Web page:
Tag Archives: Memory

Learning to See

Whenever I travel, I bring a camera. Whenever I go out to do something potentially cool and photo-worthy (i.e. hiking or going for a stroll in a favorite neighborhood), I bring a camera. And whenever I bring a camera, I expect that I’ll be writing a blog post. This habit influences what I look for, which impacts what I see and subsequently write about.

And I know I’m not the only one. When I first moved to New York, I had coffee with a couple of bloggers (literally a blogging couple – what a dream!) that I met online and we talked about feeling pressure to document, write, and maintain readership. Crafting a good travel blog post, for example, involves some planning: What’s the story I want to tell? What themes do I want to capture? What feelings do I want readers to have? What do I want readers to see or experience or look forward to? As the post builds in my head, I document accordingly. At the same time, photographing and writing about my weekend wandering when I was living in New York gave me a sense of purpose when I didn’t have one.

I’ve learned some really valuable lessons throughout, like what makes a compelling photo. Seeking out those photos has encouraged me to stray from the beaten path, talk to locals, and simply to wander. But I’ve also learned that the minutiae of humanity are important to me. I spent a week in Europe in April and photographed every interesting doorframe I saw and then turned it into a framed poster when I got home. I have pictures of people’s laundry hanging up to dry from everywhere I’ve been.

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Akko, Israel – July 2013

Some of my favorite photos are looking over the rooftops from a few storeys above the ground. But when I take photos like these, I catch myself wondering whether they fit into the story I’m trying to tell.

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Nice, France – July 2008

As I look around, I’ve seen beauty everywhere – in the sky, in the water, in urban and rural settings. Sometimes, it’s enough to be overwhelmed by what is everywhere while other times, it’s the focus on one element that quickens the heart. I take photos of sweeping landscapes and historic village centers but sometimes the ones that I like best are close-up shots of individual flowers, rocks, or flagstones.

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Batemans Bay, Australia – October 2017

Visiting family in Toronto this summer, which I’ve done dozens and dozens of times, I did not bring a camera. I knew that we’d spend time walking around downtown, which I’ve rarely done because my time in Toronto is always spent hanging out with family. But honestly, I didn’t expect to see anything worth photographing. To me, Toronto mostly means the suburbs where my grandparents and some cousins live and the downtown residential neighborhood where the rest of my cousins live. I didn’t really think there was much to see. If there were, I figured I would have seen it by now.

Turns out I was wrong.

After brunch with our relatives, my dad and I wandered through downtown. We followed a guide my sister had written specifically for this occasion; she went to university in Toronto and has recently moved back there. She sent us on a walking tour of her favorite downtown spots, landmarking what we’d see with restaurants, little shops, and parks. She included anecdotes about some of her favorite experiences and suggested places to stop for food and drinks.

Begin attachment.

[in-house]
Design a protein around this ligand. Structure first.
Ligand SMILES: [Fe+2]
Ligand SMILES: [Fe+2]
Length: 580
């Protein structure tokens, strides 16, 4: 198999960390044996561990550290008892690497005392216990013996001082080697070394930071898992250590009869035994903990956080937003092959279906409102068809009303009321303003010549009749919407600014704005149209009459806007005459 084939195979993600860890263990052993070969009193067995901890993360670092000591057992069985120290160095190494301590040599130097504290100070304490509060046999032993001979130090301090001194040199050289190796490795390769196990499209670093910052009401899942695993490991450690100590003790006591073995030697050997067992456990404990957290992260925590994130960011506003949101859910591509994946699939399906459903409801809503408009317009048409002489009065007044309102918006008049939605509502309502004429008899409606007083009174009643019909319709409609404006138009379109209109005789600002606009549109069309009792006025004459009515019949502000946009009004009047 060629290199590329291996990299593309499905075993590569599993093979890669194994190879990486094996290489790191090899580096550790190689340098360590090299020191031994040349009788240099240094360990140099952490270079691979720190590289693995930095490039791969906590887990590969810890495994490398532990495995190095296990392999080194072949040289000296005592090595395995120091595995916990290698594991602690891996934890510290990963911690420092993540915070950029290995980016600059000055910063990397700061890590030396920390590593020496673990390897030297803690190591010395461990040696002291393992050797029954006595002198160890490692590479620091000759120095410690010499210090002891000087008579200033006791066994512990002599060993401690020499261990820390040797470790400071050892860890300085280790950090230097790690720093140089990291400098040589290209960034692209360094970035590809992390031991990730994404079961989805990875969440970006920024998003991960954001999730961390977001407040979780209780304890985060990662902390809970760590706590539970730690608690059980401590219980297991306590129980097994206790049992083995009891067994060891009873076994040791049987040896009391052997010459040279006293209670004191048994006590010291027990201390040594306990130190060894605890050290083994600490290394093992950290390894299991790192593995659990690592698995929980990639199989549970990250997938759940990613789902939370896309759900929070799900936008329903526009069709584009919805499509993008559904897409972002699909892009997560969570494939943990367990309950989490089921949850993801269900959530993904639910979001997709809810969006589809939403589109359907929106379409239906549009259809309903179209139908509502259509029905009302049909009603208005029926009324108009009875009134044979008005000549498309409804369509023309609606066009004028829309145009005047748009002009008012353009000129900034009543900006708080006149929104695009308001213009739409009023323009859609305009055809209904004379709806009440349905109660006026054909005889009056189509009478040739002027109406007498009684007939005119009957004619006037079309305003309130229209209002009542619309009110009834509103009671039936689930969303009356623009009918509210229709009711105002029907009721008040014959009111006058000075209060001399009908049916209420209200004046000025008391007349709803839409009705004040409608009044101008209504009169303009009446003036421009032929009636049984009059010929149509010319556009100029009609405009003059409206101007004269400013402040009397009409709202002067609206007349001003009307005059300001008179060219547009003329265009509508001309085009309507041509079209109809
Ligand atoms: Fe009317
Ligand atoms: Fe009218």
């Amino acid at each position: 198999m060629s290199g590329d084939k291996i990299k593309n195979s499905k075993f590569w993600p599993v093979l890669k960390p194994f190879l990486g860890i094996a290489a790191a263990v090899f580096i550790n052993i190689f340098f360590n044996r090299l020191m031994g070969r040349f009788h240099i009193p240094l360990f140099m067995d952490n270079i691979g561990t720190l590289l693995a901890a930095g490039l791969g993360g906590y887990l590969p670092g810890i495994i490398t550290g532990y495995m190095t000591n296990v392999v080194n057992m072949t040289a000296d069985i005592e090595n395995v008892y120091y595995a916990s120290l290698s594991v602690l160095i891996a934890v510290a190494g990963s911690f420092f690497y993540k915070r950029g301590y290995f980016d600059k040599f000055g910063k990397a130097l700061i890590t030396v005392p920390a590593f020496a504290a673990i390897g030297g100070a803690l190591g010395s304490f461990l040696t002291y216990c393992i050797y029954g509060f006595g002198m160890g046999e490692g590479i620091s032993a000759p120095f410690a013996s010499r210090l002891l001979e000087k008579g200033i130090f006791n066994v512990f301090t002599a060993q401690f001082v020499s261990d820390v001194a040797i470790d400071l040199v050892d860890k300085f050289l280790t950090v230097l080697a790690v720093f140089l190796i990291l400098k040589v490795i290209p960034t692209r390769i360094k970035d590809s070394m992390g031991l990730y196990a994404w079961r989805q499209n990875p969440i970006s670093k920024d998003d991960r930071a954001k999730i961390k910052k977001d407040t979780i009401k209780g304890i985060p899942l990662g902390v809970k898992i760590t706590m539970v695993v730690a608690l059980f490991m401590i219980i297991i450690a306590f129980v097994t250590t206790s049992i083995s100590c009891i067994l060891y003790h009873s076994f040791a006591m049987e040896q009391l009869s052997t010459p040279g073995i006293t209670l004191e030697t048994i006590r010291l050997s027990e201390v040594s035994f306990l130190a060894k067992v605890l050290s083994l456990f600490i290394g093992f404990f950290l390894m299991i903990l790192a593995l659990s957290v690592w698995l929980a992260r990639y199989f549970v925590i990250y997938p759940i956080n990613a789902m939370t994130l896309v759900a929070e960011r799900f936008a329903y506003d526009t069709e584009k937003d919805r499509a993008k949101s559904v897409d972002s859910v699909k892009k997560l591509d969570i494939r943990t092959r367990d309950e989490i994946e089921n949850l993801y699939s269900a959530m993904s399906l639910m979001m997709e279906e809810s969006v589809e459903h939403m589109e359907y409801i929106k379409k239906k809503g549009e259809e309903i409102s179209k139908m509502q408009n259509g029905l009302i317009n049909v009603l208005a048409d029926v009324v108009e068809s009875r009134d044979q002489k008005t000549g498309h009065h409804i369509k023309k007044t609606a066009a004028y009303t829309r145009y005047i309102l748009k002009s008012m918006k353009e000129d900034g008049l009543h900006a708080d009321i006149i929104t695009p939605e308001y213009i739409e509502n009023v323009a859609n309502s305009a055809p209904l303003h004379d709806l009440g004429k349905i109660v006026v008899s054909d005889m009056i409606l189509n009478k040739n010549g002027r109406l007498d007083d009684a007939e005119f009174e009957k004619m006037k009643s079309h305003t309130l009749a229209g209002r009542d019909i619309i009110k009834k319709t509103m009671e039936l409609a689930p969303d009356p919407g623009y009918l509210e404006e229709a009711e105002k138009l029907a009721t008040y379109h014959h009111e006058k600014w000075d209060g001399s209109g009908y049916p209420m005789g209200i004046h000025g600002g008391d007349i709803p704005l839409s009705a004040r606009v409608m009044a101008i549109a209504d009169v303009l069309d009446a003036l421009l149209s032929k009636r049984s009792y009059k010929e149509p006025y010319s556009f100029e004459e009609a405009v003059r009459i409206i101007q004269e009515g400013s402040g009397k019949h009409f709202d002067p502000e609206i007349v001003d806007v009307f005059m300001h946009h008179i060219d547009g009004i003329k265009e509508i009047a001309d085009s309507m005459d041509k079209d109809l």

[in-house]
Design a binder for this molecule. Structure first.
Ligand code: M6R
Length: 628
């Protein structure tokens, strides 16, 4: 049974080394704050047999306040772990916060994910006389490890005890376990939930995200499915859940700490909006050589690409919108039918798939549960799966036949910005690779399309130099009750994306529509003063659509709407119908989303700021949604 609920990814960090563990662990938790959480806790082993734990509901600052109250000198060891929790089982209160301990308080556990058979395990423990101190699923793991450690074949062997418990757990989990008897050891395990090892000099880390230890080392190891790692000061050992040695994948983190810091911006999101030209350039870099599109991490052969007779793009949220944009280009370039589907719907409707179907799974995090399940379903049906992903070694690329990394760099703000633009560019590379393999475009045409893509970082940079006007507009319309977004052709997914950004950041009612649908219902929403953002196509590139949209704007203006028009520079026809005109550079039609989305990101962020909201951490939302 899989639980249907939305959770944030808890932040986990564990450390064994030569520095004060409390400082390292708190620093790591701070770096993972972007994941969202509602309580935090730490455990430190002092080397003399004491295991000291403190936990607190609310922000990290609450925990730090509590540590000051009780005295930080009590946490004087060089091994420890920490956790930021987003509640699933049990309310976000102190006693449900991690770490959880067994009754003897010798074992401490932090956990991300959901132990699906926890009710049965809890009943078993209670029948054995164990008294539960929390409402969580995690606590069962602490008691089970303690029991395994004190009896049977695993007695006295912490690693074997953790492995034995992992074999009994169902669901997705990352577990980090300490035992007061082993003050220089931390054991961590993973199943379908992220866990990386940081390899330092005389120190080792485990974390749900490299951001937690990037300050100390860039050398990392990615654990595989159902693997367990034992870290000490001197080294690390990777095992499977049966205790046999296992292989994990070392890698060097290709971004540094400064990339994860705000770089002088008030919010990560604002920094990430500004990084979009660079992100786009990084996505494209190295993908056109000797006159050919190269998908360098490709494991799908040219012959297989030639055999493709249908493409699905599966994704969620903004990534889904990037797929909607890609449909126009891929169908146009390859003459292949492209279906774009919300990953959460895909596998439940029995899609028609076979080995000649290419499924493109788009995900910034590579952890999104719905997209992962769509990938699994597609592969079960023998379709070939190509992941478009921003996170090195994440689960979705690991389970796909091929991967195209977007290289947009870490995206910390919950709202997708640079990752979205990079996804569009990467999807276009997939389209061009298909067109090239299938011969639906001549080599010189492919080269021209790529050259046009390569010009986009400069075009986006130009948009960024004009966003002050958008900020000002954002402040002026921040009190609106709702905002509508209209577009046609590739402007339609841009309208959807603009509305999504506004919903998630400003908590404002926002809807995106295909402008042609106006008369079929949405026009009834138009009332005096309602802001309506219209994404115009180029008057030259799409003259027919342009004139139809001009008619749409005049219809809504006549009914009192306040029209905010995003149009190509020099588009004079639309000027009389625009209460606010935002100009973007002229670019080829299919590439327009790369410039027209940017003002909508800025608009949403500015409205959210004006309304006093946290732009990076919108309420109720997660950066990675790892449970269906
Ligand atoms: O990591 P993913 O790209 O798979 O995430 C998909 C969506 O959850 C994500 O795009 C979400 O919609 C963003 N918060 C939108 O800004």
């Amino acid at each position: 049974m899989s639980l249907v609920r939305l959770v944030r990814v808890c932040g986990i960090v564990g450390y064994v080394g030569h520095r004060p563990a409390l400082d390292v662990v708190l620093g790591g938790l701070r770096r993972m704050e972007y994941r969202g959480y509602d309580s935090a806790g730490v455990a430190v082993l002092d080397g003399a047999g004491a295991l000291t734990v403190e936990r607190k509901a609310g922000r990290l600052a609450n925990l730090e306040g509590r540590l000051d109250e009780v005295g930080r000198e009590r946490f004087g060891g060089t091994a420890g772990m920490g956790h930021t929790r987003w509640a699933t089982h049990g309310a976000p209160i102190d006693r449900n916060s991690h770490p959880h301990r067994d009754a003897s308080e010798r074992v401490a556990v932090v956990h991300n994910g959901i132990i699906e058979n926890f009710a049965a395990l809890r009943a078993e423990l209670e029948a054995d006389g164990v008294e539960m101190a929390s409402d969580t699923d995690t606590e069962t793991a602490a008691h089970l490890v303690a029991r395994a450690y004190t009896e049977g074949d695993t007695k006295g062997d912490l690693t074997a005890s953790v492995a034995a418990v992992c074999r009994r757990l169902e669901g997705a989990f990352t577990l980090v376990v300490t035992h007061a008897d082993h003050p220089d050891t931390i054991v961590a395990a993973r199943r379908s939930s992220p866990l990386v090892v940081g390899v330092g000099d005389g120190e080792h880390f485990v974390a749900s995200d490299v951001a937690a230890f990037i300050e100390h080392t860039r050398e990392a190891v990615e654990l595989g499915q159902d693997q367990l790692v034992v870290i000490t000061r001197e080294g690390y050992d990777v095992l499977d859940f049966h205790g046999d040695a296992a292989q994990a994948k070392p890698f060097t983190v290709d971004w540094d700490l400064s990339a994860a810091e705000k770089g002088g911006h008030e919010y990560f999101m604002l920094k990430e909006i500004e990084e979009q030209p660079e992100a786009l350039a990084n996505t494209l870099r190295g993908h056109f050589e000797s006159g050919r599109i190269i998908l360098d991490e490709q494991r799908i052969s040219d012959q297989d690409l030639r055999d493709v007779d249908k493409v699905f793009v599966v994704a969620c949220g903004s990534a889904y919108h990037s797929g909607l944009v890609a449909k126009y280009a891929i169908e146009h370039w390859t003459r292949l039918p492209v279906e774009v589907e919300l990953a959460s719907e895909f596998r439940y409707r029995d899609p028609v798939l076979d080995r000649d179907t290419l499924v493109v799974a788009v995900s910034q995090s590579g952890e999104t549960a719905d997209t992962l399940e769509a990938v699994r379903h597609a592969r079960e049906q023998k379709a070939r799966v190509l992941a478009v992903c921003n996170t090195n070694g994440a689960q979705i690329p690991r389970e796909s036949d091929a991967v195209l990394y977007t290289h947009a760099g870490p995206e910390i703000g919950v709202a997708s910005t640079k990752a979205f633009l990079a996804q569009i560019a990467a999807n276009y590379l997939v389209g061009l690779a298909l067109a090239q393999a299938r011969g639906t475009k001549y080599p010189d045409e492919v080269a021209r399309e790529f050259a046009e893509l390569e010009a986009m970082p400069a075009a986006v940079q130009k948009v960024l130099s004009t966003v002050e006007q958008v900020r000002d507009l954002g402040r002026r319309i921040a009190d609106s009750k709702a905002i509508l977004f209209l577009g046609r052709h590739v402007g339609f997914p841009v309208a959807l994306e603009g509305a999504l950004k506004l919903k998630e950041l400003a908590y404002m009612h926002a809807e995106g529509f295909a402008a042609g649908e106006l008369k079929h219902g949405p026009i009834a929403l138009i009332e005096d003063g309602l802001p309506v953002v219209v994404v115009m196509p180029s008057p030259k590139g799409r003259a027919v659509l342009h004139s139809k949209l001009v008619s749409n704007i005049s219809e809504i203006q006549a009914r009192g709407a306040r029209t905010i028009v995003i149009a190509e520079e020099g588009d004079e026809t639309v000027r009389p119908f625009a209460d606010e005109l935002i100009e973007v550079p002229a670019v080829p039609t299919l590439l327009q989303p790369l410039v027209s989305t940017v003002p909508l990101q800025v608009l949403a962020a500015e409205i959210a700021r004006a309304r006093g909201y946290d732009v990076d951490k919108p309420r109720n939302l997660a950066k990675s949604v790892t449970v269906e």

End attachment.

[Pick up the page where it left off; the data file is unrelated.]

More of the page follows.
Turns out, I wished I had a camera. If I’d had a camera, I told my dad, I could have documented the day and written a blog post. He reminded me that I had a phone and that my phone has a camera. Oh. Right.

But then I realized something important. I realized that, in my irritation at not having my camera, I was forgetting to look around and actually see. And in that, I wasn’t present. I wasn’t experiencing what was right in front of me. My favorite experiences of all time are seared into my memory because I was present throughout; I don’t have any hard evidence to document them, but even writing this sentence has brought a smile to my face.

Had I become so focused on looking that I’d forgotten to see?

That thought disturbed me and I made a conscious effort to shift my perspective as we continued our stroll. Instead of documenting for my blog, I walked around downtown Toronto with my dad, pointing out what I thought was cool, stopping here and there to visit a shop or taker a closer look at a mural, a poster, a unique building. It was interesting to hear what he noticed and how it differed from what I noticed and it was relaxing to just take a walk without feeling like I had to tell anyone about it.

Over the course of that afternoon, I learned something valuable. I learned that while I enjoy taking photos and writing about my experiences, I don’t have to do that all the time. Sometimes, it’s enough to just be present wherever I happen to be, with whoever I’m with. And I learned that I need to balance documenting a place for others and being present for myself.

When I recall my favorite travel experiences, there are no cameras. The travel moments that I  treasure the most – telling stories during long road trips after dark; utter chaos at dinner in the middle of a city; stopping at a farmer’s market to buy food for a picnic that we prepared in the trunk of the car; drinking jugs of sangria outside in the winter; tasting spicy cocktails in a restaurant that looked like a forest – are documented through my memory of smells, sounds, mental images, and feelings of warmth. There’s likely something scribbled in a journal, too, and I expect that my memory and the moments themselves differ.